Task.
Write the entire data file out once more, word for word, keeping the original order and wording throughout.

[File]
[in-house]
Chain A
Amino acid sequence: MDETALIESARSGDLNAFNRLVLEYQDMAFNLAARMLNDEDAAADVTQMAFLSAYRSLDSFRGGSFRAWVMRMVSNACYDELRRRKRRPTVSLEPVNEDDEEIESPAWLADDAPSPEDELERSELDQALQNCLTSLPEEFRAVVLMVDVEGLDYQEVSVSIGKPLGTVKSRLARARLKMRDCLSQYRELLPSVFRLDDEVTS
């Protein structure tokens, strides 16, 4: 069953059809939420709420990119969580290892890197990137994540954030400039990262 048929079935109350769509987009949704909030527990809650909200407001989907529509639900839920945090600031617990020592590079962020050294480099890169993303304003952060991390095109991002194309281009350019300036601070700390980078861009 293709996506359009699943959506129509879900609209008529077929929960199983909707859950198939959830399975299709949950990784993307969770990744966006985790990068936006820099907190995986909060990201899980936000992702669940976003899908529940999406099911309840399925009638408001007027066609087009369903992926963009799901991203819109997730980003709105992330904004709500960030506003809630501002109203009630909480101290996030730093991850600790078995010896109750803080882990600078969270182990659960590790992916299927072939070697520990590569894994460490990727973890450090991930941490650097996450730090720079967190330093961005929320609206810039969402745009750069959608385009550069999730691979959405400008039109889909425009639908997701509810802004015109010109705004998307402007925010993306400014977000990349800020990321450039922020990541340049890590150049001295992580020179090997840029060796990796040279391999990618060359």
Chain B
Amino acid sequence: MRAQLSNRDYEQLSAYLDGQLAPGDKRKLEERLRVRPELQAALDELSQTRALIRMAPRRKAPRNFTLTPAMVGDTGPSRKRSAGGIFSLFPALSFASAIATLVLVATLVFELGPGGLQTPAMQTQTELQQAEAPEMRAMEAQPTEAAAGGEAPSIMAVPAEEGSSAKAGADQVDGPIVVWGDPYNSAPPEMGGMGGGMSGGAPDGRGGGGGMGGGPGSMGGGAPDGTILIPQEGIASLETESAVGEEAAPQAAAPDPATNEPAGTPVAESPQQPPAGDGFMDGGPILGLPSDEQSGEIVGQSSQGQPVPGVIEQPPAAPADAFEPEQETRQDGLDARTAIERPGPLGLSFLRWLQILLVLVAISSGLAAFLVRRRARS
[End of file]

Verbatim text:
[in-house]
Chain A
Amino acid sequence: MDETALIESARSGDLNAFNRLVLEYQDMAFNLAARMLNDEDAAADVTQMAFLSAYRSLDSFRGGSFRAWVMRMVSNACYDELRRRKRRPTVSLEPVNEDDEEIESPAWLADDAPSPEDELERSELDQALQNCLTSLPEEFRAVVLMVDVEGLDYQEVSVSIGKPLGTVKSRLARARLKMRDCLSQYRELLPSVFRLDDEVTS
């Protein structure tokens, strides 16, 4: 069953059809939420709420990119969580290892890197990137994540954030400039990262 048929079935109350769509987009949704909030527990809650909200407001989907529509639900839920945090600031617990020592590079962020050294480099890169993303304003952060991390095109991002194309281009350019300036601070700390980078861009 293709996506359009699943959506129509879900609209008529077929929960199983909707859950198939959830399975299709949950990784993307969770990744966006985790990068936006820099907190995986909060990201899980936000992702669940976003899908529940999406099911309840399925009638408001007027066609087009369903992926963009799901991203819109997730980003709105992330904004709500960030506003809630501002109203009630909480101290996030730093991850600790078995010896109750803080882990600078969270182990659960590790992916299927072939070697520990590569894994460490990727973890450090991930941490650097996450730090720079967190330093961005929320609206810039969402745009750069959608385009550069999730691979959405400008039109889909425009639908997701509810802004015109010109705004998307402007925010993306400014977000990349800020990321450039922020990541340049890590150049001295992580020179090997840029060796990796040279391999990618060359």
Chain B
Amino acid sequence: MRAQLSNRDYEQLSAYLDGQLAPGDKRKLEERLRVRPELQAALDELSQTRALIRMAPRRKAPRNFTLTPAMVGDTGPSRKRSAGGIFSLFPALSFASAIATLVLVATLVFELGPGGLQTPAMQTQTELQQAEAPEMRAMEAQPTEAAAGGEAPSIMAVPAEEGSSAKAGADQVDGPIVVWGDPYNSAPPEMGGMGGGMSGGAPDGRGGGGGMGGGPGSMGGGAPDGTILIPQEGIASLETESAVGEEAAPQAAAPDPATNEPAGTPVAESPQQPPAGDGFMDGGPILGLPSDEQSGEIVGQSSQGQPVPGVIEQPPAAPADAFEPEQETRQDGLDARTAIERPGPLGLSFLRWLQILLVLVAISSGLAAFLVRRRARS